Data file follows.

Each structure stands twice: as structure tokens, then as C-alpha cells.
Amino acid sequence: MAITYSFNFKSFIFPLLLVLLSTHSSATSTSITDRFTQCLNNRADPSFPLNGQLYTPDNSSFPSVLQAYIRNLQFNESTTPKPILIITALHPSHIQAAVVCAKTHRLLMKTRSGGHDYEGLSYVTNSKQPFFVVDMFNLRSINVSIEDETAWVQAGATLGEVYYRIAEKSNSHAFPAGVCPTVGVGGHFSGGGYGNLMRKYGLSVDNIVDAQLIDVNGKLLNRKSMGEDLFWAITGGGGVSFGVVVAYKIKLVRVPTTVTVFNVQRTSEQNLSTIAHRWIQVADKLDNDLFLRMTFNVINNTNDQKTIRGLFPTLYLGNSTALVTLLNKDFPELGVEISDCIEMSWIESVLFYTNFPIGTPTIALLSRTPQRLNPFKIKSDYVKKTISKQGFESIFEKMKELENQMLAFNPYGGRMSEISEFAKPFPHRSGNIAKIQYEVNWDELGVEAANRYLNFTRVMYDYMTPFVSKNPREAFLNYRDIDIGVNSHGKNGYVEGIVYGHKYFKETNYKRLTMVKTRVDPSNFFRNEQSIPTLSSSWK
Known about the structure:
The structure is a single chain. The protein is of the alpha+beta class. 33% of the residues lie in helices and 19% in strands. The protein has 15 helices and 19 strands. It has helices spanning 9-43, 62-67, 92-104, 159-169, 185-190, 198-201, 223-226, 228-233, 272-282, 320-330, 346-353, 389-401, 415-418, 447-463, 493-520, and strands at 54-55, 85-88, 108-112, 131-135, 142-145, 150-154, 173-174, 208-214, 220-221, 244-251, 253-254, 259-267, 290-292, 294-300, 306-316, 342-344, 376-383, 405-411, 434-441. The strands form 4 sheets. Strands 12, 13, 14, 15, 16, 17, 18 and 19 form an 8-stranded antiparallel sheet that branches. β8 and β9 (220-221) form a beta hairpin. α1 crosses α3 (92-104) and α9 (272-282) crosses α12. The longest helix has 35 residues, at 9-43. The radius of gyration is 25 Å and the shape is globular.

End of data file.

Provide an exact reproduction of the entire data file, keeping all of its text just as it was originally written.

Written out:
Each structure stands twice: as structure tokens, then as C-alpha cells.
Amino acid sequence: MAITYSFNFKSFIFPLLLVLLSTHSSATSTSITDRFTQCLNNRADPSFPLNGQLYTPDNSSFPSVLQAYIRNLQFNESTTPKPILIITALHPSHIQAAVVCAKTHRLLMKTRSGGHDYEGLSYVTNSKQPFFVVDMFNLRSINVSIEDETAWVQAGATLGEVYYRIAEKSNSHAFPAGVCPTVGVGGHFSGGGYGNLMRKYGLSVDNIVDAQLIDVNGKLLNRKSMGEDLFWAITGGGGVSFGVVVAYKIKLVRVPTTVTVFNVQRTSEQNLSTIAHRWIQVADKLDNDLFLRMTFNVINNTNDQKTIRGLFPTLYLGNSTALVTLLNKDFPELGVEISDCIEMSWIESVLFYTNFPIGTPTIALLSRTPQRLNPFKIKSDYVKKTISKQGFESIFEKMKELENQMLAFNPYGGRMSEISEFAKPFPHRSGNIAKIQYEVNWDELGVEAANRYLNFTRVMYDYMTPFVSKNPREAFLNYRDIDIGVNSHGKNGYVEGIVYGHKYFKETNYKRLTMVKTRVDPSNFFRNEQSIPTLSSSWK
Known about the structure:
The structure is a single chain. The protein is of the alpha+beta class. 33% of the residues lie in helices and 19% in strands. The protein has 15 helices and 19 strands. It has helices spanning 9-43, 62-67, 92-104, 159-169, 185-190, 198-201, 223-226, 228-233, 272-282, 320-330, 346-353, 389-401, 415-418, 447-463, 493-520, and strands at 54-55, 85-88, 108-112, 131-135, 142-145, 150-154, 173-174, 208-214, 220-221, 244-251, 253-254, 259-267, 290-292, 294-300, 306-316, 342-344, 376-383, 405-411, 434-441. The strands form 4 sheets. Strands 12, 13, 14, 15, 16, 17, 18 and 19 form an 8-stranded antiparallel sheet that branches. β8 and β9 (220-221) form a beta hairpin. α1 crosses α3 (92-104) and α9 (272-282) crosses α12. The longest helix has 35 residues, at 9-43. The radius of gyration is 25 Å and the shape is globular.